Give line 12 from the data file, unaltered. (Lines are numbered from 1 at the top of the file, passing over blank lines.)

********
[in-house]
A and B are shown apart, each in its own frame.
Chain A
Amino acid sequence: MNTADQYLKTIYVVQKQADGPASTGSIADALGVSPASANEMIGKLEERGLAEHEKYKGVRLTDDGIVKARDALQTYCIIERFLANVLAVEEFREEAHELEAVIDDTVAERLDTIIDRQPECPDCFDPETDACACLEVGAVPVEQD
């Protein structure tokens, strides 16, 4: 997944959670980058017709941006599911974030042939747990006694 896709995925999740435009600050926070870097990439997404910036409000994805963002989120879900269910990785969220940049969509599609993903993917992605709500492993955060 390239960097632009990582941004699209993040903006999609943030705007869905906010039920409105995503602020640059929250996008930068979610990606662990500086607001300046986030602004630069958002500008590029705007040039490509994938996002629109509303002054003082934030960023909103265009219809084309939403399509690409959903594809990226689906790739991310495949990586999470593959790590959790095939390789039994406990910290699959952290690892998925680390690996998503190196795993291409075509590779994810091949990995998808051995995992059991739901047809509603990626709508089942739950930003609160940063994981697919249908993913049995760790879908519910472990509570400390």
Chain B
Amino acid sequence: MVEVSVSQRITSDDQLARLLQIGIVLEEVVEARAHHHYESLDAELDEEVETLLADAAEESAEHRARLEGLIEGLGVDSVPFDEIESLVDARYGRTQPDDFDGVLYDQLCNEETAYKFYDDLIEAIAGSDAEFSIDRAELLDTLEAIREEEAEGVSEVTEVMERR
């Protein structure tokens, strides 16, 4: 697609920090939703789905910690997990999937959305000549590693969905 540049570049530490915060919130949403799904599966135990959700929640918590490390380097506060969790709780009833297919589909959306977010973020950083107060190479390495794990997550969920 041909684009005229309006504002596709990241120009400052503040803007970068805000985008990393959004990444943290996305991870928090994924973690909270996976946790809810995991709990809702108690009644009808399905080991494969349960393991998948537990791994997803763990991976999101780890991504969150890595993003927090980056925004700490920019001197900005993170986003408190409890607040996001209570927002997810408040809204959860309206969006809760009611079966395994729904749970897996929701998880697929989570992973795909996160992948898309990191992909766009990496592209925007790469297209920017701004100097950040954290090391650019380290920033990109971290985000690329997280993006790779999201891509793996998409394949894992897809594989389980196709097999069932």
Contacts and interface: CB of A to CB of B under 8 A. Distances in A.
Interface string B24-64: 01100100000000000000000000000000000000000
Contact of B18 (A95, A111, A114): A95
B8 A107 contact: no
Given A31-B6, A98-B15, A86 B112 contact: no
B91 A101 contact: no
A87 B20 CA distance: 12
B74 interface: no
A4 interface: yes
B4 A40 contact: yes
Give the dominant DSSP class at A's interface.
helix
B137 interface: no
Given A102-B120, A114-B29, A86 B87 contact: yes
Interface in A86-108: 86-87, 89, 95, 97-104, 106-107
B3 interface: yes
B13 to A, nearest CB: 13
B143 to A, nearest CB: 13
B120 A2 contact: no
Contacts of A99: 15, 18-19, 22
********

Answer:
B8 A107 contact: no